The Conness Lakes are glacial lakes, fed by the largest glacier in the Sierra Nevada north of Tioga Pass. Their colors change with the sun and clouds from a greenish turquoise to grey to blue and when those clouds reflect in the waters of the high lakes and tarns, it is very special!
Where: Harvey Monroe Hall Research Natural Area, Hoover Wilderness, Inyo National Forest
Distance: 7.36 Miles
Elevation Range: 10,063′ – 10,772′
Date: September 8, 2017
Maps: Falls Ridge and Buckeye Topogs
Dog Hike? Maybe
We headed east on Tioga Road, east of the Tioga Pass entrance to Yosemite, to Saddlebag Road and drove up it, parking at the Saddlebag Lake Trailhead Parking Area, stached our after hike goodies in the bear box and headed to the dam. In the past, taking the water taxi operated by Saddlebag Lake Resort was an option, but not this year because they didn’t open due to the snow damage that they received.
Saddlebag Lake was full to the brim but not flowing over the spillway like it was 3 weeks ago when I last visited. We passed a lady fishing, trying to catch those big trout that hang out at the dam on the way. I hope she caught a big one!
The trail took us along the west side of the lake through those broken up rocks called scree. As we looked closer, we could find all kinds of wildflowers tucked in and around some of the larger rocks. I really love seeing the columbine when it blooms.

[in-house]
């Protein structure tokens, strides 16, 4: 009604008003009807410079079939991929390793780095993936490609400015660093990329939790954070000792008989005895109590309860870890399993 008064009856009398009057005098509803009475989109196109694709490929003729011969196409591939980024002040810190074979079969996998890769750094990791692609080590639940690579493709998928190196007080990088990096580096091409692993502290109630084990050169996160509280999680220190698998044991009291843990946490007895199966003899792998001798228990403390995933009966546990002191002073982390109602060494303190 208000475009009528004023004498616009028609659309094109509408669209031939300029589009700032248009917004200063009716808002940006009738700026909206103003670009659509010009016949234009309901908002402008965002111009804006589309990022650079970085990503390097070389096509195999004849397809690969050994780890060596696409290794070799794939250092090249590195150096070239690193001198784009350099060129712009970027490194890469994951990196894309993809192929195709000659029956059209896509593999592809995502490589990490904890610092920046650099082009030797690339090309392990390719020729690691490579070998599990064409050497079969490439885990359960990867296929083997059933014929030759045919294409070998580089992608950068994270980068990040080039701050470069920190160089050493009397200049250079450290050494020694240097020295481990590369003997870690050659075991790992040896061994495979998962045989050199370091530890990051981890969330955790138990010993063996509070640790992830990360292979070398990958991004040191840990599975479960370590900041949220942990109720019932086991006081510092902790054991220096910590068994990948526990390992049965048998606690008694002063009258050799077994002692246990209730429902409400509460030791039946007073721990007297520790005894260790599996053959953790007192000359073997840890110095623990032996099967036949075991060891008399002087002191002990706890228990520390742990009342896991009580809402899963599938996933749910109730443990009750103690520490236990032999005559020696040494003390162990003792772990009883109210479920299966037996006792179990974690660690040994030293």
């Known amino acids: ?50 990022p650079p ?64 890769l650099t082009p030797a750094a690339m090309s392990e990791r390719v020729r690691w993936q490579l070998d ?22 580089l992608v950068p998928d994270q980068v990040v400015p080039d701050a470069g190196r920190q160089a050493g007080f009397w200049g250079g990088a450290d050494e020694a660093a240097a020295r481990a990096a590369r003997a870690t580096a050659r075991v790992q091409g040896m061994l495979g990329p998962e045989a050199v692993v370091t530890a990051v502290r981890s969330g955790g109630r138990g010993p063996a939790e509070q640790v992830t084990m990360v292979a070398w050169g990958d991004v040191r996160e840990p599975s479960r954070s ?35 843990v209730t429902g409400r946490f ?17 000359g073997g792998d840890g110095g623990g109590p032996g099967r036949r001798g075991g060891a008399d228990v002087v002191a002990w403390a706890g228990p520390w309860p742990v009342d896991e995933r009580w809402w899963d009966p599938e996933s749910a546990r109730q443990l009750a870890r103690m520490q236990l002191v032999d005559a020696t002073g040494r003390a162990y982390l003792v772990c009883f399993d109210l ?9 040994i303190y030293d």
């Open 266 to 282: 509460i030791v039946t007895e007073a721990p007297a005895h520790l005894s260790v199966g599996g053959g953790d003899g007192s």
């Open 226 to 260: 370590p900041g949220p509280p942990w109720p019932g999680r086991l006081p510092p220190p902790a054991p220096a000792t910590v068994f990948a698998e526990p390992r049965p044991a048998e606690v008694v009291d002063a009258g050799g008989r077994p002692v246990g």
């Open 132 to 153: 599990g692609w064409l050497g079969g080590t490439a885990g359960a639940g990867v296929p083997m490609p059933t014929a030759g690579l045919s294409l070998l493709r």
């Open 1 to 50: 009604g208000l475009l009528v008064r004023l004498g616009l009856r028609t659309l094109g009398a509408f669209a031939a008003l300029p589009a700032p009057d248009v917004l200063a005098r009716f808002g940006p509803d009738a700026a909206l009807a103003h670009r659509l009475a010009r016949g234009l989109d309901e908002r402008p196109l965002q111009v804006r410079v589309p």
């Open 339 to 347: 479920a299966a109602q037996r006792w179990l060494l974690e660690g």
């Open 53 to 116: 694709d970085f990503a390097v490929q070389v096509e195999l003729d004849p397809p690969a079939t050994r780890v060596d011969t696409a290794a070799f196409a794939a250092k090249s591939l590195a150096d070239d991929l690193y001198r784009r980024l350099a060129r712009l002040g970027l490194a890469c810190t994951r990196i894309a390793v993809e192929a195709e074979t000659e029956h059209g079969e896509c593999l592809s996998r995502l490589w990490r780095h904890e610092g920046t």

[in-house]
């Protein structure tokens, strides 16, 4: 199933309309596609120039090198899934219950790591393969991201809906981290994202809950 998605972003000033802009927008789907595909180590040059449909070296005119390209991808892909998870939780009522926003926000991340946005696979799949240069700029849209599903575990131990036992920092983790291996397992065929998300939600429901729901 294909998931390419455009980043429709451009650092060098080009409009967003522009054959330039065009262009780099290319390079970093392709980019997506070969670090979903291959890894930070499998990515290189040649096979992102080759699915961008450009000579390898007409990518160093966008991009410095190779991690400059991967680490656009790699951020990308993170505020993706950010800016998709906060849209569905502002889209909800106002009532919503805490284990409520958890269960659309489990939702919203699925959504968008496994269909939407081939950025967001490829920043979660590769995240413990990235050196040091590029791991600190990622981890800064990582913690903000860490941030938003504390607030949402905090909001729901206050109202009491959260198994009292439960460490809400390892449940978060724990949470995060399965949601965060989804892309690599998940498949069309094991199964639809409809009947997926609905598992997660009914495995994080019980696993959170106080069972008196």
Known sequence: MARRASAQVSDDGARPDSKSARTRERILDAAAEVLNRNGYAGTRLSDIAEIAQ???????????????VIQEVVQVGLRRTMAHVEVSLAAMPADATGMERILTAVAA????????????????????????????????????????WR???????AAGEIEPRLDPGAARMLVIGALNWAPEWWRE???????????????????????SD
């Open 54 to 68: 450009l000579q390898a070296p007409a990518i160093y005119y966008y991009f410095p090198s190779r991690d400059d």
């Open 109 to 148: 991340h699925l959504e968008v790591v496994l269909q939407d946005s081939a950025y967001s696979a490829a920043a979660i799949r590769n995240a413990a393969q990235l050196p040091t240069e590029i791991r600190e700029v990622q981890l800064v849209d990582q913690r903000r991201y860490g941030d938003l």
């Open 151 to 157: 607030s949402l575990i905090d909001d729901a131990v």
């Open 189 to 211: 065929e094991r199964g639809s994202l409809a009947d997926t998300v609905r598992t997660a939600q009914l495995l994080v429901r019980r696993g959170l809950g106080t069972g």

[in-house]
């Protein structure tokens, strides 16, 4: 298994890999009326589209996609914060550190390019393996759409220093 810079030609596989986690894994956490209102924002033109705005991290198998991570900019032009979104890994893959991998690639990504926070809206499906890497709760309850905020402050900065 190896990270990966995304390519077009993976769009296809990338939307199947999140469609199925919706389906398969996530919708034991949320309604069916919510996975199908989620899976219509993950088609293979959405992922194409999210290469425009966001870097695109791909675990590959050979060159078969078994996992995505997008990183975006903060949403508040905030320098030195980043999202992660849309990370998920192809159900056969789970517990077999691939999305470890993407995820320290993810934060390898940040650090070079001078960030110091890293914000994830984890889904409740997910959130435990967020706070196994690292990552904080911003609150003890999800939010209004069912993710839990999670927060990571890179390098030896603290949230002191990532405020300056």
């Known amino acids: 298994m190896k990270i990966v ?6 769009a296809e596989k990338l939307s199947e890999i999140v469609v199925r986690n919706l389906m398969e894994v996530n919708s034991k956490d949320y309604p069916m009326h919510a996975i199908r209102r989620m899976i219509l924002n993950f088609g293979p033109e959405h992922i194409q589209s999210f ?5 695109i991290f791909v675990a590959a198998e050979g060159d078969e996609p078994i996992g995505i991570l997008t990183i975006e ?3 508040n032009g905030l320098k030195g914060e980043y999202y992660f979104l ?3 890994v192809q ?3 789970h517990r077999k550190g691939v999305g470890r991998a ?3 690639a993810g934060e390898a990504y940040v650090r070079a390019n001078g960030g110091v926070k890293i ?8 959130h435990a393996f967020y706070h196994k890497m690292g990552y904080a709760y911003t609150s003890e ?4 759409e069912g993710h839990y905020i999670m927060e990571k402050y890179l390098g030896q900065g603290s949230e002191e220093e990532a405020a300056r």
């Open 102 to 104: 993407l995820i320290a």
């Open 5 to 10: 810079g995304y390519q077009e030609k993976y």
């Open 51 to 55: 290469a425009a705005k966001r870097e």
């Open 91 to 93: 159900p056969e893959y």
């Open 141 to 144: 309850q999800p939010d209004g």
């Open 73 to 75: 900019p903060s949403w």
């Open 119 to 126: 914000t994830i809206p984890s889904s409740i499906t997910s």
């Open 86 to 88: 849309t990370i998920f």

We continued on the trail along Saddlebag Lake, the headed up the east side of Greenstone Lake. The wind was blowing a bit, so we didn’t have those pretty reflections.
After we left Greenstone Lake, we crossed over to the Harvey Monroe Hall Research Natural Area, 3,383 acres area set aside in 1933 to conduct research related to the soil and vegetation. Harvey Monroe Hall was a professor of botany at UC Berkley, helping to establish methods for conducting reciprocal transplant experiments, whereas plants were moved and studied in the habitats of similar taxonomic species. One of the specific things that they studied is how plants adapted to various soils and elevations. Climate change is just one of the things that they are capturing data on.
We met up with the trail which followed the creek upstream and the rocky mountain face that we were going up to the right of the waterfall was in our sights.
We headed up that rocky slab of a hill and were rewarded with a pretty darn nice view of Greenstone and Saddlebag Lakes below us.
When we reached the top of that climb, we had a gorgeous view of the bowl that the lower of the Conness Lake lays in with Mt. Conness as the frame for that view.
Mount Conness is named for John Conness (1821–1909), a native of Galway, Ireland who immigrated to the United States in 1833. He arrived in California via Panama on the ship Sylph in 1849, engaging in mining and mercantile pursuits in El Dorado County, but by 1853, he was a member of the California Legislature. He served from 1853 to 1854 and from 1860 to1861, and then was the United States Senator from California from 1863 to 1869. He was married twice and had at least 12 children by my count. On the 1860 census, he is living in Georgetown, El Dorado County and lists his occupation as a Miner.